About Taft's words, Michael Tomasky of the American Prospect Online wrote:

Twelve days after the worst attack on American soil in the country's history, perhaps with bodies still floating in the harbor, the leader of the congressional opposition said to the president, we will question, we will probe, we will debate.

That's a wonderful cue for lazy patriots: folks who stubbornly accept BushCo lies and constant fear-mongering. These are folks willing to trade civil liberties and a fissuring of the foundation of the Constitution for the appearance of "safety".


Political proponents who have never adequately proven the truthfulness of over 95% of what they've solemnly declared have yet to  prove the evidential basis of war-mongering, fear-mongering and curtailing of constitutional rights.

This circumstance is right out of the political manipulation guru's playbook - and not intended for public consumption.

One of the principal claimants to ownership of banner bridge was asked by an activist if she knows who Kevin Benderman is.

"I couldn't care less," Weber said, while another man added, "Kevin's where he belongs."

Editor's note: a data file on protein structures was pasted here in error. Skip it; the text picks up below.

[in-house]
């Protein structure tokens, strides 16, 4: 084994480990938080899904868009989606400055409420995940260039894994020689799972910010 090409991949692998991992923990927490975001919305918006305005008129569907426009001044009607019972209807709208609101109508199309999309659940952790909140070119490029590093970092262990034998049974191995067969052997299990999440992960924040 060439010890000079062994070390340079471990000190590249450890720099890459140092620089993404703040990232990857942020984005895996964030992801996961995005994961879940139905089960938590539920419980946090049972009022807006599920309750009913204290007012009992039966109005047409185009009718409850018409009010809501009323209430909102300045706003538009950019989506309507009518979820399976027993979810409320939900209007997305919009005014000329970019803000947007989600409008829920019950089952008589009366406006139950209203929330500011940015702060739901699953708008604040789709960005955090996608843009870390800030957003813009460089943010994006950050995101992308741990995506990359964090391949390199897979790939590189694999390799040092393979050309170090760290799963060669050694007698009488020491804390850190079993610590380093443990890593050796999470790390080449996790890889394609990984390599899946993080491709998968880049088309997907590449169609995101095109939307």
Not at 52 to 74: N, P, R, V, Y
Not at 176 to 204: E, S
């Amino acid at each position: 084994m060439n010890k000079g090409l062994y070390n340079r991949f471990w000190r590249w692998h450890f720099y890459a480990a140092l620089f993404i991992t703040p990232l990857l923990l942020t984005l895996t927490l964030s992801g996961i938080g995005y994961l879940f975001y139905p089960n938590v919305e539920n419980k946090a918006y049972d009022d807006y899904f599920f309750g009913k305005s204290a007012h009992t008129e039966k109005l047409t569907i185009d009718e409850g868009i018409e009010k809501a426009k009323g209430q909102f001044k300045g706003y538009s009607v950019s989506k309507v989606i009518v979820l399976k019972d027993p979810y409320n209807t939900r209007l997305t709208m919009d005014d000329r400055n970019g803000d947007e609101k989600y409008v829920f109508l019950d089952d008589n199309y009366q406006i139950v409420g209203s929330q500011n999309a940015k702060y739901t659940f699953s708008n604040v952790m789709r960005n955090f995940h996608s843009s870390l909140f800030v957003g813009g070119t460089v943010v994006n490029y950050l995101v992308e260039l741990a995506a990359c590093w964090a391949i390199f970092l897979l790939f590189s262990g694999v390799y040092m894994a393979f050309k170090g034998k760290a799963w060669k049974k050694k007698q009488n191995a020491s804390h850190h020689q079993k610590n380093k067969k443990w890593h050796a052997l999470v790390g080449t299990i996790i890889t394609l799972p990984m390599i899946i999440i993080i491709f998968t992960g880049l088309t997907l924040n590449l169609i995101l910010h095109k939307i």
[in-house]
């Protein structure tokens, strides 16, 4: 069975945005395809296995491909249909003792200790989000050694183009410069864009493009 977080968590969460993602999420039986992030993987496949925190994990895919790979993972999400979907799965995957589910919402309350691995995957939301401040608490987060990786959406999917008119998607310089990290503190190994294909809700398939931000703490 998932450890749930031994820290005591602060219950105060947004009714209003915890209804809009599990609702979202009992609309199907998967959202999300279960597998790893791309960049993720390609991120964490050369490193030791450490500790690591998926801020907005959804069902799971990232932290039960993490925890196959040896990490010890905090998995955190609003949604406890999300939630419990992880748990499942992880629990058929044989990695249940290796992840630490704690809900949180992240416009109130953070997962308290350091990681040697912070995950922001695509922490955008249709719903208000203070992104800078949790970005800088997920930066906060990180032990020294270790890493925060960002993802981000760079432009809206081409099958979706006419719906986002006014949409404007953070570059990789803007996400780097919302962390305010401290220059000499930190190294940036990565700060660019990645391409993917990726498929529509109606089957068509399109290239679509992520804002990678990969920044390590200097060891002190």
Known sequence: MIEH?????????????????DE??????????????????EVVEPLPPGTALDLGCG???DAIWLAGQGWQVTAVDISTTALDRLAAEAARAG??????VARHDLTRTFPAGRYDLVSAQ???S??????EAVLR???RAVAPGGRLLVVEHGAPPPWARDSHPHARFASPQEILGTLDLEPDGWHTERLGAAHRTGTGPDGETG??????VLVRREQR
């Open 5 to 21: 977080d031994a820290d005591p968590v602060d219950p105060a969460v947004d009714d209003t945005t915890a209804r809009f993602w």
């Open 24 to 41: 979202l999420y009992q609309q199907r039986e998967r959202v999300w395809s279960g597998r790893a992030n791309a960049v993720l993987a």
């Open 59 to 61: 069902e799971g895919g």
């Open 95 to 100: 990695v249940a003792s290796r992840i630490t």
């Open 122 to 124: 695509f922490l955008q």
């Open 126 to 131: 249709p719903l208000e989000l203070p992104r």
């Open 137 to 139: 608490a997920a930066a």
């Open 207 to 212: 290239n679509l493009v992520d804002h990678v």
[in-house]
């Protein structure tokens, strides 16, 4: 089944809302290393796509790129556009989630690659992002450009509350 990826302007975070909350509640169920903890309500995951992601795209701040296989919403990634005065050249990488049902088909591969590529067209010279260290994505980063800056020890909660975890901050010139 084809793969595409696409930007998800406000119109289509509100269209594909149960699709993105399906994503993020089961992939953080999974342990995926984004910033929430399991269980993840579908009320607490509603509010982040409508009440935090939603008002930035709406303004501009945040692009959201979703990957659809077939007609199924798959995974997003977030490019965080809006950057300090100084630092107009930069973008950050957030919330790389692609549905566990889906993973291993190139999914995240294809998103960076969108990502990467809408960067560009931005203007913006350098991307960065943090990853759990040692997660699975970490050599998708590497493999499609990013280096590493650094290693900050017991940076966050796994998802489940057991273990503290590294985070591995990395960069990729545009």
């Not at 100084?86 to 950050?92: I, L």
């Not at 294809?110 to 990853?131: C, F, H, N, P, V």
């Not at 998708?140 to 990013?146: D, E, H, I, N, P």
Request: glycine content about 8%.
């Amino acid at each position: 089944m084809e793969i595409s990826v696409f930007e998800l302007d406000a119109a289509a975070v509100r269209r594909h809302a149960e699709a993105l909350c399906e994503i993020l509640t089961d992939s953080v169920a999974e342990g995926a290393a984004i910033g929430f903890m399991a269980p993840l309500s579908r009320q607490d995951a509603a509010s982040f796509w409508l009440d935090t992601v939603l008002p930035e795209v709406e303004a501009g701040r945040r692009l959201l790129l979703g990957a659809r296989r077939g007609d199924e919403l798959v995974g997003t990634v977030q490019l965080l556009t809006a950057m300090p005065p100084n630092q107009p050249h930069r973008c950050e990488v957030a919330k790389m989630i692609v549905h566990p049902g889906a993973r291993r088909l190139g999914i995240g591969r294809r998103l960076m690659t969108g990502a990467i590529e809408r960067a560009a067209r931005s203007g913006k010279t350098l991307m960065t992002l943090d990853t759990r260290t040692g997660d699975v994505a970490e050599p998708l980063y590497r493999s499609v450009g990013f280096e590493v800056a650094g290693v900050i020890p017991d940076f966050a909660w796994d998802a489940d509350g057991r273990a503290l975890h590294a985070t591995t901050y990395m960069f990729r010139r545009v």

These then are the more irresponsible lazy citizen caretakers of American freedoms.

These then are those who blindly believe and trust that if they go to America's Restaurant and get a meal they can't eat, the fault does not lie with the chef who has never successfully boiled water.

Rather, it's the fault of other diners who know a  poor chef when they see one but are supposed to shut up about the cooking and let the chef poison them with a menu and fare unfit even for livestock.

These are those who believe that if the chef wears a plastic flag on his shirt, he has more than sufficient cooking skill to out-chef all those who question him.

Here's the real problem - the one that the Bush folks, Republican leadership and national Republican elected congressional leaders won't own up to:

Their way has failed. The choices and actions of those running the kitchen have not and are not working out. The food has only gotten worse.

There is in fact a better way but too many are unwilling to look for and take action on establishing a better way.

Others in the dining room and on the streets can do it better, more effectively and with a greater eye to everything that has worked before and finding better ways to make things work now.

The current cooking committee waited years to be in charge. They have blown it badly and in fact have made of America's Restaurant not only a place  that harms the locals but also a place with whom residents in other global communities will not do business (unless they're extorted into doing so).